Helping anti-choice terrorists, one name at a time.

Last week, I got all caught up in my anti-War on Women fury and tweeted an article that, it transpired, was three years old. Oopsie!

In my defense, though, it was about a law in Oklahoma that was really, really heinous and had actually passed, so my brain was a bit addled. This law (later struck down by the courts) would have required that the details of every abortion conducted in the state be posted on a public website:

The questionnaire doesn’t include the woman’s name or “any information specifically identifying the patient,” but it does ask for age, race, level of education, marital status, number of previous pregnancies, and the county in which the abortion was performed, information which opponents of the bill argue would be enough to identify a woman in a small town. The questionnaire also asks about the mother’s reason for the abortion, her method of payment, and even what type of insurance she has, as well as whether the fetus received anaesthetic and whether there was “an infant born alive as a result of the abortion.”

So, you know – phew! At least we dodged that one!

Except we didn’t.

It’s not happening in Oklahoma anymore – but it is on the cusp of happening in Tennessee (also sadly known as the “don’t say gay” state) — with this particular bill boasting the added bonus of distributing helpful information to those who might want to murder abortion providers:

A new bill moving through the Tennessee House of Representatives would require the state to publish the names of each doctor who performs an abortion and detailed statistics about the woman having the procedure, which opponents worry will spur anti-abortion violence in the state.

The Life Defense Act of 2012, sponsored by state Rep. Matthew Hill (R-Jonesboro), mandates that the Tennessee Department of Health make detailed demographic information about every woman who has an abortion available to the public, including her age, race, county, marital status, education level, number of children, the location of the procedure and how many times she has been pregnant. Each report would also have to include the name of the doctor who performed the procedure.

In the words of Rep. Gary Odom (D-Nashville), this bill “puts a target on women’s and physicians’ backs. I think it’s a very dangerous piece of legislation and serves no purpose I can tell other than trying to intimidate women and physicians.”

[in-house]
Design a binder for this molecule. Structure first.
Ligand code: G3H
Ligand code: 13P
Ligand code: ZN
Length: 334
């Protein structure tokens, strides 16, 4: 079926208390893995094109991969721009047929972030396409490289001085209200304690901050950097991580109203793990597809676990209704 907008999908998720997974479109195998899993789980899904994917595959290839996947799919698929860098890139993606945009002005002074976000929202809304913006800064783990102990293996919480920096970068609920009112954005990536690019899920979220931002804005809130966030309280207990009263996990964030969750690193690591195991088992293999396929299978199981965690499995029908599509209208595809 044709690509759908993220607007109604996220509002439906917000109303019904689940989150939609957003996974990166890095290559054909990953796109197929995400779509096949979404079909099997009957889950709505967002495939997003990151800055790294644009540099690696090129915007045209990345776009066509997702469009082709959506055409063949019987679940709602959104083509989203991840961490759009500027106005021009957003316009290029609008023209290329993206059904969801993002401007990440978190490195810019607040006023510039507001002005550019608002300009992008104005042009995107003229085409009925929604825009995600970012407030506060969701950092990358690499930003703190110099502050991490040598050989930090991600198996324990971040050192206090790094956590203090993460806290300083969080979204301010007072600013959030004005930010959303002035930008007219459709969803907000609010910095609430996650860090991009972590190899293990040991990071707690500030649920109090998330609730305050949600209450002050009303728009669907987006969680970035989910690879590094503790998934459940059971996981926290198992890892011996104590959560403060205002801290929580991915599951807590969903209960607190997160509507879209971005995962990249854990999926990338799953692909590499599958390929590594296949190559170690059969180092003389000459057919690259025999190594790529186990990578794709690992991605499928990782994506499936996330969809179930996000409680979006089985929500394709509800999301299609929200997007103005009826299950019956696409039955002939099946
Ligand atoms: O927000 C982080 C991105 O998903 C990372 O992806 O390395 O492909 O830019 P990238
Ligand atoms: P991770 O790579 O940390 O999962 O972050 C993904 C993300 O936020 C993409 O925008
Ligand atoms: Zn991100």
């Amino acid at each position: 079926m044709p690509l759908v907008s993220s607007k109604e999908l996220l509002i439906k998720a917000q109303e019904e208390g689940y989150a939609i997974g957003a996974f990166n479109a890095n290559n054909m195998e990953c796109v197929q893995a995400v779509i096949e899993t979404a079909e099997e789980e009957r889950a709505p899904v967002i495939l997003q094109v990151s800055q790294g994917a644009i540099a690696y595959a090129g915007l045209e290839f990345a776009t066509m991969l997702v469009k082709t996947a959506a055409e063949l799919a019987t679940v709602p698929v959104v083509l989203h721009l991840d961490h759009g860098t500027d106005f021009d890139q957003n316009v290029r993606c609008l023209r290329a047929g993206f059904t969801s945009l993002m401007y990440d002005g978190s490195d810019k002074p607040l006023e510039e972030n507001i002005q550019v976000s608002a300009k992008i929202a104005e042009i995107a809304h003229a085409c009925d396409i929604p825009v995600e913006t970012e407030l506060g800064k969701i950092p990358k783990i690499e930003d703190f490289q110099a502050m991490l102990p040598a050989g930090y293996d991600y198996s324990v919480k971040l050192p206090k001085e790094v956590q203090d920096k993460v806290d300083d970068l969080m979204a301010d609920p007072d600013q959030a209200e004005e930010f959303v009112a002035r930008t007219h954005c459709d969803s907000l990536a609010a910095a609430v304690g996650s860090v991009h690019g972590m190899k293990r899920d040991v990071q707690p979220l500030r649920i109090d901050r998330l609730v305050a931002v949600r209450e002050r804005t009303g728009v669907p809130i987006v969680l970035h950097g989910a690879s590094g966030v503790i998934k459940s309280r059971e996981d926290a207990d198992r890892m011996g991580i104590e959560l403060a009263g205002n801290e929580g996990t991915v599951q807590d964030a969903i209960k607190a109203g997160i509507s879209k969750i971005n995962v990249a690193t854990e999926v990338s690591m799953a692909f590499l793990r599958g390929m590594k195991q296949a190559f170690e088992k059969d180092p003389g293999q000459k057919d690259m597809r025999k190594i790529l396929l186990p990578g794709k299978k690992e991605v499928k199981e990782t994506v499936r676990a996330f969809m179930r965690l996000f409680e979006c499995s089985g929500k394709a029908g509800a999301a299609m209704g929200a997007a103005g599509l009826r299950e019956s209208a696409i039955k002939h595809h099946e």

Indeed.

And some people wonder why I’m so engulfed in rage these days.

8 Comments

  1. helensprogeny

     /  March 20, 2012

    I feel your rage and share it all the way. Once again, the first question in my mind is: where the fuck is the AMA in this? Why aren’t physicians rising up in fury over legislatures meddling so deeply in medical decisions? Why aren’t we hearing protests from doctors who are furious that legislatures are coming between physician and patient, and imposing insane restrictions on what is in every way a medical decision?

    Anybody out there know?

  2. koolaide

     /  March 20, 2012

    If this terrible bill passes the TN state legislature, I can’t imaging that it would hold up in court. The requirements about putting medical info about women on public display has to violate privacy rights since it wouldn’t be hard to identify those women. Right? Please?

    • Rae Nelson

       /  March 20, 2012

      Yes, I think it violates the rights of HIPPA. I’m also afraid a loony man could look this stuff up; imagine that his ex girfriend had an abortion, and stalk her over it.

    • Well, and I think we can take real comfort from the fact that the OK one was struck down. But in the meantime….

  3. nonsequiteuse

     /  March 20, 2012

    Doctors are notoriously poorly-organized around issues like this, although some do speak out and lobby against bad bills. Note that the offices of an association of OB/GYNs in Georgia was broken into last Saturday – membership records were among the items stolen – and it just so happens that this particular group has been advocating against all of the demeaning, anti-woman, anti-doctor’s right to practice laws in that state.

    I used to work in a clinic where our doctors came in and out wearing bulletproof vests. It is the height of irony that a movement that claims to be pro-life is willing to paint targets on the backs of doctors, and yet, they do, knowing just how deadly the consequences are.

    I’m with you as far as rage these days. Fortunately for those who disagree with me, my rage has never made me assume that I have the right to shoot someone just for disagreeing with me.

  4. nm

     /  March 21, 2012

    I live in TN (also known as the state that passes laws forbidding municipalities to adopt anti-discrimination policies) and I have gone way beyond rage. I’m in full despair mode, myself.

    For more on the effects HB 3808 would have in practice, see this.

  5. Well, what’s the big deal? What’s the worst thing that could happen? Like some fool is going to walk into a church and blow a doctor away in front of his family and entire congregation?

    Seriously folks, these people just don’t get it-they’re stirring people up and then sitting back stunned and insisting this was just an isolated and unrelated incident when something bad happens (sotto voce–Gabby Giffords). It’s like some crazy game of political jackass–let’s see who can pass the most insane law.